A new poll would seem to augur well for Democrat Barack Obama, though his Republican presidential rival is also promising change.
The AP/Ipsos survey released today shows an immense appetite for change -- in fact, the most since the survey began five years ago.
Those who said the country was on the wrong track totaled 76 percent, up from 71 percent in April and 66 percent near the end of 2007. The 17 percent who said the country was headed in the right direction was down from 24 percent since April.
Six in ten of those who chose "wrong track" blamed the struggling economy, while "poor leadership" accounted for 23 percent, while 20 percent said the war in Iraq.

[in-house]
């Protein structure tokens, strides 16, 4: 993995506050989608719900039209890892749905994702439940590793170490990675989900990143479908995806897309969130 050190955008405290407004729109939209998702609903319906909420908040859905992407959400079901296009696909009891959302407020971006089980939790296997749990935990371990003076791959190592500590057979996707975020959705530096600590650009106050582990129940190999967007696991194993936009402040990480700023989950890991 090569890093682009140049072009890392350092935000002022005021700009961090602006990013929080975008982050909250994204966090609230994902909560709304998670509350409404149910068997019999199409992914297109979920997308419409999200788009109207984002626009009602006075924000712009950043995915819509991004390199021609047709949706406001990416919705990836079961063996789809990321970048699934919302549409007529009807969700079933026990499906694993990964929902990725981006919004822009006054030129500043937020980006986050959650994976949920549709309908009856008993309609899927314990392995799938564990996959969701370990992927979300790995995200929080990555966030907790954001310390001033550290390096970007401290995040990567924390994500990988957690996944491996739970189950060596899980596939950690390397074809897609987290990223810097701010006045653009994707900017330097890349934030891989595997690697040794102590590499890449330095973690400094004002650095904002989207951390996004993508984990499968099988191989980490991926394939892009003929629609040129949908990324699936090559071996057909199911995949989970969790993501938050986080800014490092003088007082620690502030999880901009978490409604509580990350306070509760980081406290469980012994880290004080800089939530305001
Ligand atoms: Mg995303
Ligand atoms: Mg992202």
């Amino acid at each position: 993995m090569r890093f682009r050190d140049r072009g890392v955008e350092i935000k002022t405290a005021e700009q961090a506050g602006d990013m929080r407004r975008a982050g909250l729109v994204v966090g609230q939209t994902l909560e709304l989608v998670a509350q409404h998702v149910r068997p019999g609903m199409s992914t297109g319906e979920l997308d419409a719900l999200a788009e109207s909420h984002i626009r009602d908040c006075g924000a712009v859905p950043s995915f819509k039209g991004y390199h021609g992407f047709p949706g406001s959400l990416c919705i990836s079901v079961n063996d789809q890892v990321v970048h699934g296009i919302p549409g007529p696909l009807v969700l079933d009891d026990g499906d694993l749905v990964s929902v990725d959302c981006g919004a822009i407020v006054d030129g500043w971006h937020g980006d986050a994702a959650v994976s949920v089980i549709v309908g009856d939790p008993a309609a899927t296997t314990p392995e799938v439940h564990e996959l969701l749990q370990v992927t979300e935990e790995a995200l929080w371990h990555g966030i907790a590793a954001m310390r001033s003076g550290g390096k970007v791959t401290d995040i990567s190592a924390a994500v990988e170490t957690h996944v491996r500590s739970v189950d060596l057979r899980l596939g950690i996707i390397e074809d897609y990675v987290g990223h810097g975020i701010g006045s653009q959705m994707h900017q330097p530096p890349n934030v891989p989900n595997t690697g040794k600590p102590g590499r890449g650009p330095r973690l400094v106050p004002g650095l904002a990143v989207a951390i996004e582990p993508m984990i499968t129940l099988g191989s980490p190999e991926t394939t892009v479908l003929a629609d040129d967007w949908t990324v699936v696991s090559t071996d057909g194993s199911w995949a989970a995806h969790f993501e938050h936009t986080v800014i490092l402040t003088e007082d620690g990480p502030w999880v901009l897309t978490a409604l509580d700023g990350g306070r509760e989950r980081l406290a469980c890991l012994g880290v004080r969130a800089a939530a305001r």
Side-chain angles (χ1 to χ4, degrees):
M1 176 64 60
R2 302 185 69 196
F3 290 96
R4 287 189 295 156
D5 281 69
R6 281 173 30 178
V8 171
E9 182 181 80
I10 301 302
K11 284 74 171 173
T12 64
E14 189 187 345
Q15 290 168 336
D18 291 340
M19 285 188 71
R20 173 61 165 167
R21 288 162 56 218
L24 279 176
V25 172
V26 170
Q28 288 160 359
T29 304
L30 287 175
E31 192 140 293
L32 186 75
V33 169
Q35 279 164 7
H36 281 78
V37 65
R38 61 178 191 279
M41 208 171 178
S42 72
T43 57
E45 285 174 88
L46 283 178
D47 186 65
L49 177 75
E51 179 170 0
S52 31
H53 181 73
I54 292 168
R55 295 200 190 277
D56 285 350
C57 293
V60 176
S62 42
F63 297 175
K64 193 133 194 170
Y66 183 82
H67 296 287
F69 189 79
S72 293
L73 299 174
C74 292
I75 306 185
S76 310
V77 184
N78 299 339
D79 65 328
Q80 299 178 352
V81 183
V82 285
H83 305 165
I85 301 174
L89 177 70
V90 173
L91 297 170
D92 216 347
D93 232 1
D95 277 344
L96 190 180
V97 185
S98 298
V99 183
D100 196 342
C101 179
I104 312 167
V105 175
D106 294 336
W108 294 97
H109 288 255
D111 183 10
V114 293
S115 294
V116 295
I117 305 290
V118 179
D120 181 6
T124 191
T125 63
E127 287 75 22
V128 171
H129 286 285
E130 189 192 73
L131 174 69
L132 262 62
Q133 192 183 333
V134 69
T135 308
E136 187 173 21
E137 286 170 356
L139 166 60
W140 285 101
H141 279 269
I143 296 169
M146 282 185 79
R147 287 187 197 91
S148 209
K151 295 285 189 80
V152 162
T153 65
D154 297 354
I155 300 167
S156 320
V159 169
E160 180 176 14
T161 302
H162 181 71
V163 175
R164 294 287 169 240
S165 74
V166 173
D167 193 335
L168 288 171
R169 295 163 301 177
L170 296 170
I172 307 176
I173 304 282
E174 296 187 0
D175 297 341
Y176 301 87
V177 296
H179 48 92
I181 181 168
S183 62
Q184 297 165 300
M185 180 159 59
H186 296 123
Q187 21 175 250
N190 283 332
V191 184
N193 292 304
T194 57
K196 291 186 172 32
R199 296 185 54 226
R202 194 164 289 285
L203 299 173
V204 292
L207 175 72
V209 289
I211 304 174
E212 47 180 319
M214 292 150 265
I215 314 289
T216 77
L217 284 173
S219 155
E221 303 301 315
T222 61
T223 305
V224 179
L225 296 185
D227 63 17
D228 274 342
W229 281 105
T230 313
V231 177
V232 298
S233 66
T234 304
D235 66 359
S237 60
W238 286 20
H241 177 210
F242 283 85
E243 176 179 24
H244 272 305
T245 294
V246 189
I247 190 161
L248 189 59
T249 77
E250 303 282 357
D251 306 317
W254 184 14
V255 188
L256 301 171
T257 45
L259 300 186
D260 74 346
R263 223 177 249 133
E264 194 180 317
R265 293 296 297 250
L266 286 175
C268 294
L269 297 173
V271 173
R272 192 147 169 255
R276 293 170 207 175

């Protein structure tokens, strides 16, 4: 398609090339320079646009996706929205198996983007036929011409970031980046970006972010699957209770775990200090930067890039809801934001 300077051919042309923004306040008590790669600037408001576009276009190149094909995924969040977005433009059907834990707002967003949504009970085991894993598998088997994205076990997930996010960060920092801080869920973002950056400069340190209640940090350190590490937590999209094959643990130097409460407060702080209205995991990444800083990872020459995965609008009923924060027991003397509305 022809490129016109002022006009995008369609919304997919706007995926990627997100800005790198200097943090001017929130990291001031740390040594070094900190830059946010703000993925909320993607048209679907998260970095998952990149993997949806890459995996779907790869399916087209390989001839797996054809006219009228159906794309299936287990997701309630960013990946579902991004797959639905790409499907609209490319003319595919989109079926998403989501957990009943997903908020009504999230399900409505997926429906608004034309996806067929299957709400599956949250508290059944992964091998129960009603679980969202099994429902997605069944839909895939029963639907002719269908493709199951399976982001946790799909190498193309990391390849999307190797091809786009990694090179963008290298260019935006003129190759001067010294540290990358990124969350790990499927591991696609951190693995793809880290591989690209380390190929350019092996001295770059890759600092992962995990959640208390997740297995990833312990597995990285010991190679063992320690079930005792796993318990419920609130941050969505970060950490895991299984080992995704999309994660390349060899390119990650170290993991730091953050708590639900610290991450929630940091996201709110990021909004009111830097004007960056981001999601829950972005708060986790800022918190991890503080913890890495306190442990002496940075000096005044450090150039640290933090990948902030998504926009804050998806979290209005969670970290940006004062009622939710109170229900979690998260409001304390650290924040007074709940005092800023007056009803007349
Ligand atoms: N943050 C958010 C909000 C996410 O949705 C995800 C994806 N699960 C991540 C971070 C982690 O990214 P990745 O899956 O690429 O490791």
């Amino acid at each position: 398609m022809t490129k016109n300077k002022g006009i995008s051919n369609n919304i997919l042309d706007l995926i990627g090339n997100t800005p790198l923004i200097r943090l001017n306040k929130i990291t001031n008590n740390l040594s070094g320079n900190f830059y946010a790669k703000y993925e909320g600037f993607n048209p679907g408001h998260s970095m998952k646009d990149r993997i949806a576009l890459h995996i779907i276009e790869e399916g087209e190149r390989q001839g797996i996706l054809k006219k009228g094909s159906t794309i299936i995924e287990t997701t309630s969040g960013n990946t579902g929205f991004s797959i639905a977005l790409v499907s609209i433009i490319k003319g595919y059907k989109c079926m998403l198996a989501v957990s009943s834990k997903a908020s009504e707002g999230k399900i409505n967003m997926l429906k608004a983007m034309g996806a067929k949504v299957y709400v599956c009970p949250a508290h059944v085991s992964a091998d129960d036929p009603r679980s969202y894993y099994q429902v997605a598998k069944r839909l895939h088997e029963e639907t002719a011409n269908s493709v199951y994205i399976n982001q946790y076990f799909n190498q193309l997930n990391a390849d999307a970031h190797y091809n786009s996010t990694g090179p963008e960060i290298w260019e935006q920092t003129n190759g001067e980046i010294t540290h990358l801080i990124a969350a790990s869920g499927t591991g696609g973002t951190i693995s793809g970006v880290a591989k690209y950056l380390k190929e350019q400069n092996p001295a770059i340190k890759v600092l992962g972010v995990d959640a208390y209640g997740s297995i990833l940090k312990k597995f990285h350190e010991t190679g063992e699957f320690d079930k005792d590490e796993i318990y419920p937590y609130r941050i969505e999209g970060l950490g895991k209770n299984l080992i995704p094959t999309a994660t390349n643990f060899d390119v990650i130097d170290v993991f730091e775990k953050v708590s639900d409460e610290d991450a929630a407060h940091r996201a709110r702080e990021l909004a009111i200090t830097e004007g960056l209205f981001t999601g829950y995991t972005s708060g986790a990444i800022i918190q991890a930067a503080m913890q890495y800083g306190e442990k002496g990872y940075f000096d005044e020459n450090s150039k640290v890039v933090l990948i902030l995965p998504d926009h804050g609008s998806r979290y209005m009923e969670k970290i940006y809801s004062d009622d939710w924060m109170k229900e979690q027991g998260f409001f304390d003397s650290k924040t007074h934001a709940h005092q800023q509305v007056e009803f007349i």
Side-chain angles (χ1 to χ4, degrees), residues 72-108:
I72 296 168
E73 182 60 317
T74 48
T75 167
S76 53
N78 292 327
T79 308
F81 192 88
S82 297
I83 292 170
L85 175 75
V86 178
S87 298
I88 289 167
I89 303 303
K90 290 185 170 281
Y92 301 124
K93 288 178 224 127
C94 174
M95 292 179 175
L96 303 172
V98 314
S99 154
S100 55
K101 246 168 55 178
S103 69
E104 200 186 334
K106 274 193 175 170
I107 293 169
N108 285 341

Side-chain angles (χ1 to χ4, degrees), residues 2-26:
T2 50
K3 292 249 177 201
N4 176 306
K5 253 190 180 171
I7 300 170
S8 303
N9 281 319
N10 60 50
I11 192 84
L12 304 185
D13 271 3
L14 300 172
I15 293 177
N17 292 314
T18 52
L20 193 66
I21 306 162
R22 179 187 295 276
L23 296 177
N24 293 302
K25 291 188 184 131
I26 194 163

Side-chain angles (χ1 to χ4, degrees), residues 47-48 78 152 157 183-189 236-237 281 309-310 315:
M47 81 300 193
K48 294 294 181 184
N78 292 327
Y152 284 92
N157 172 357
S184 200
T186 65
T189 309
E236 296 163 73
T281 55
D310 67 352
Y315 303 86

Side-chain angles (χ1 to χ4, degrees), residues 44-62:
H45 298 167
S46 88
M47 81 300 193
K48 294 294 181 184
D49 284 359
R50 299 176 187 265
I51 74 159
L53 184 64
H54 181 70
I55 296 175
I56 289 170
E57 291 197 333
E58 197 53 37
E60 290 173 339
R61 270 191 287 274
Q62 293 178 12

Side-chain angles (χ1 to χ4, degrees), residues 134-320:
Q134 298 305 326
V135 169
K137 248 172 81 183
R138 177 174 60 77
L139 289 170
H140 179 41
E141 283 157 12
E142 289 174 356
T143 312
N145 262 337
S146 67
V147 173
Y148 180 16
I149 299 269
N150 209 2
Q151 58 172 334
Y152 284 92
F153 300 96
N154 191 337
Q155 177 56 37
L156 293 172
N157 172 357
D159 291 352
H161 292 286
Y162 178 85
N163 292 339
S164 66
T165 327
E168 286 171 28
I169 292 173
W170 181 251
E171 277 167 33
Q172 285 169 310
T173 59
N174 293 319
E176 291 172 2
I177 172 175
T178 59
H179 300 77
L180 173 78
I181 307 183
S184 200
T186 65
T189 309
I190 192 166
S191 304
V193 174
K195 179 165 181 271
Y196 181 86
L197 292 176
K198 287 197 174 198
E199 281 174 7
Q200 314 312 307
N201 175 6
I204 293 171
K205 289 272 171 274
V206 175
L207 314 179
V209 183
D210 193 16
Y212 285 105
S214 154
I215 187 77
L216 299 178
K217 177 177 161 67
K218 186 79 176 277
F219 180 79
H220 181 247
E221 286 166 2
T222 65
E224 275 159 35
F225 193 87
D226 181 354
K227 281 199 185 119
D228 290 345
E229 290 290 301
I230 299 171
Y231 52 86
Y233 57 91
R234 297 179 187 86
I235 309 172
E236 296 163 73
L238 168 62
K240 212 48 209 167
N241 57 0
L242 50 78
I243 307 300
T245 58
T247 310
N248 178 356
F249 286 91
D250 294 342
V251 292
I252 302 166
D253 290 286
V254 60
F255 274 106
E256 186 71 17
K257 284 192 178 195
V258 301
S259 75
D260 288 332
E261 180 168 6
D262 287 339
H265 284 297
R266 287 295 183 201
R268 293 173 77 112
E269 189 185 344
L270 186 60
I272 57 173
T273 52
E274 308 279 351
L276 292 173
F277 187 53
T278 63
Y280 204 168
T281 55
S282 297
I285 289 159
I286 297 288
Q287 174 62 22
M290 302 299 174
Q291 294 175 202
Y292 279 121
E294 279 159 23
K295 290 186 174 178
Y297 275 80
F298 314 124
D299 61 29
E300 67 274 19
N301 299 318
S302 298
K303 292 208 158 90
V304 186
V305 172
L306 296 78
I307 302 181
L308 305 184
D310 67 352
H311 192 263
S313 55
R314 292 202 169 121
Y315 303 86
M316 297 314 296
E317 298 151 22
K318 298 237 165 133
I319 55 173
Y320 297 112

Other findings when respondents were asked, "Generally speaking, would you say things in this country are heading in the right direction, or are they off on the wrong track?":
-- Men were more likely to believe the US is headed in the right direction.
-- Just one in 10 Americans with household incomes below $25,000 feel the country is headed the right way, compared with 21 percent of those with household incomes of $50,000 to $75,000.
-- One-fourth of Republicans and Republican-leaners believe the country is headed in the right direction, compared with 11 percent of Democrats and Democratic leaners.
The survey, conducted June 12-16, has a margin of error of plus or minus 3.1 percentage points.
About Political Intelligence
Glen Johnson is Politics Editor at boston.com and lead blogger for "Political Intelligence." He moved to Massachusetts in the fourth grade, and has covered local, state, and national politics for over 25 years. E-mail him at email@example.com. Follow him on Twitter @globeglen.